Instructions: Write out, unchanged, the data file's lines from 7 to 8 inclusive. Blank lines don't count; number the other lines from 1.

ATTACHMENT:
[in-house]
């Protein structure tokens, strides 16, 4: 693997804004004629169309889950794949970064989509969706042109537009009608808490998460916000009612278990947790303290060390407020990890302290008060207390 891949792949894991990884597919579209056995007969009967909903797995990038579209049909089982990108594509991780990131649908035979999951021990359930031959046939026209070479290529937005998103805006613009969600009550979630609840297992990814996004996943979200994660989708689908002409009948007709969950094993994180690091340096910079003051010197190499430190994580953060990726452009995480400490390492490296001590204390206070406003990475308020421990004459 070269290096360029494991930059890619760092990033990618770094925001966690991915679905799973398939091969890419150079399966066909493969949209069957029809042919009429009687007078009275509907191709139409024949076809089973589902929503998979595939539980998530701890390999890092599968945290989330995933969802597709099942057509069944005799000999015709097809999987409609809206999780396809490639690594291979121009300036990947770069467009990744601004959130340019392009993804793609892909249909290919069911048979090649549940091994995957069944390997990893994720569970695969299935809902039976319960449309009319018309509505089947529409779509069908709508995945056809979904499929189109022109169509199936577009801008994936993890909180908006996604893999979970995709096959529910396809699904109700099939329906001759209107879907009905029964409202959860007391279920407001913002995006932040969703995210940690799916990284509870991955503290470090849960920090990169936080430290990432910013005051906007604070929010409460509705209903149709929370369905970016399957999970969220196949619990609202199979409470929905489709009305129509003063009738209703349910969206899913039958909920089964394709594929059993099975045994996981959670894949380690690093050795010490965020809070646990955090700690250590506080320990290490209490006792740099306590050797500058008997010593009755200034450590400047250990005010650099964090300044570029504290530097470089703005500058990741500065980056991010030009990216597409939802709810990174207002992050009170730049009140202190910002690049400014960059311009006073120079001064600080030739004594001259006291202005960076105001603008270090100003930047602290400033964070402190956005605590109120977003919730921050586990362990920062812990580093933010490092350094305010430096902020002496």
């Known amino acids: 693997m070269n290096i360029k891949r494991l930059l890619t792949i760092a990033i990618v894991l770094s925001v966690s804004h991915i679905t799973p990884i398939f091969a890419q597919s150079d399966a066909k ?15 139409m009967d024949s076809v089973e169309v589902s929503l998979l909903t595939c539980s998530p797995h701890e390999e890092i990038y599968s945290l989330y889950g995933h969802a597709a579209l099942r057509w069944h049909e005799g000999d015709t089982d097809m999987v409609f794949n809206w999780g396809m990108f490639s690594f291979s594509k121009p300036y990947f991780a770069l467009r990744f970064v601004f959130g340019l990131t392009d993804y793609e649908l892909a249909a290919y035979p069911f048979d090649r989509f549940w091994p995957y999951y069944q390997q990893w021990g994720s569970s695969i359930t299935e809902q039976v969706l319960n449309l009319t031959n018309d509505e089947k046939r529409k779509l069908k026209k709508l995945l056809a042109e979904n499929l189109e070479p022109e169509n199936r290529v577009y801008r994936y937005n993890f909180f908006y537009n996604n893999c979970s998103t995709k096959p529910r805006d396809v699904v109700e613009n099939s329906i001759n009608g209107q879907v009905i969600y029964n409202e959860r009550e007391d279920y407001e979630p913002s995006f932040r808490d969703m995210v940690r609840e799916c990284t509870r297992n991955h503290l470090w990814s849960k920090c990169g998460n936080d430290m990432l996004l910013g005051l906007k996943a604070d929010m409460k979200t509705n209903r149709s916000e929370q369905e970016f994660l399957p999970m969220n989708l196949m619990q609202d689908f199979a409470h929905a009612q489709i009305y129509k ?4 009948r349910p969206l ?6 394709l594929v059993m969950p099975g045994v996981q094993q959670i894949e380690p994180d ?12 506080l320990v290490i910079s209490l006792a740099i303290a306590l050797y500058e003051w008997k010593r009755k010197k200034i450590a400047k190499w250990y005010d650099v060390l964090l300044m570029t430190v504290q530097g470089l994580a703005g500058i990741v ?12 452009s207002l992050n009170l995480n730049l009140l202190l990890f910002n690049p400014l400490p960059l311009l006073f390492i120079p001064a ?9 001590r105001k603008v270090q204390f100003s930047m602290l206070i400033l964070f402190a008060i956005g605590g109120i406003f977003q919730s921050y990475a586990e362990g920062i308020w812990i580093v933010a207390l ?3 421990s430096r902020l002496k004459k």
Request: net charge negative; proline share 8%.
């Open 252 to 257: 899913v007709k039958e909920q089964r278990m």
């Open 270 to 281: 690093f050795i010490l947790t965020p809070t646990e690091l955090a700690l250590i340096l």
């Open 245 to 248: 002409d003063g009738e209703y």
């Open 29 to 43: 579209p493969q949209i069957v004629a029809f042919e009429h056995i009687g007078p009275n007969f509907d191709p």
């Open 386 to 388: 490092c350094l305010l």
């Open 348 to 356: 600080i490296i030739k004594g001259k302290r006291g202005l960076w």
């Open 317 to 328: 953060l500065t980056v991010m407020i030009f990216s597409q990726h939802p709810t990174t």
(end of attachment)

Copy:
């Open 245 to 248: 002409d003063g009738e209703y």
């Open 29 to 43: 579209p493969q949209i069957v004629a029809f042919e009429h056995i009687g007078p009275n007969f509907d191709p």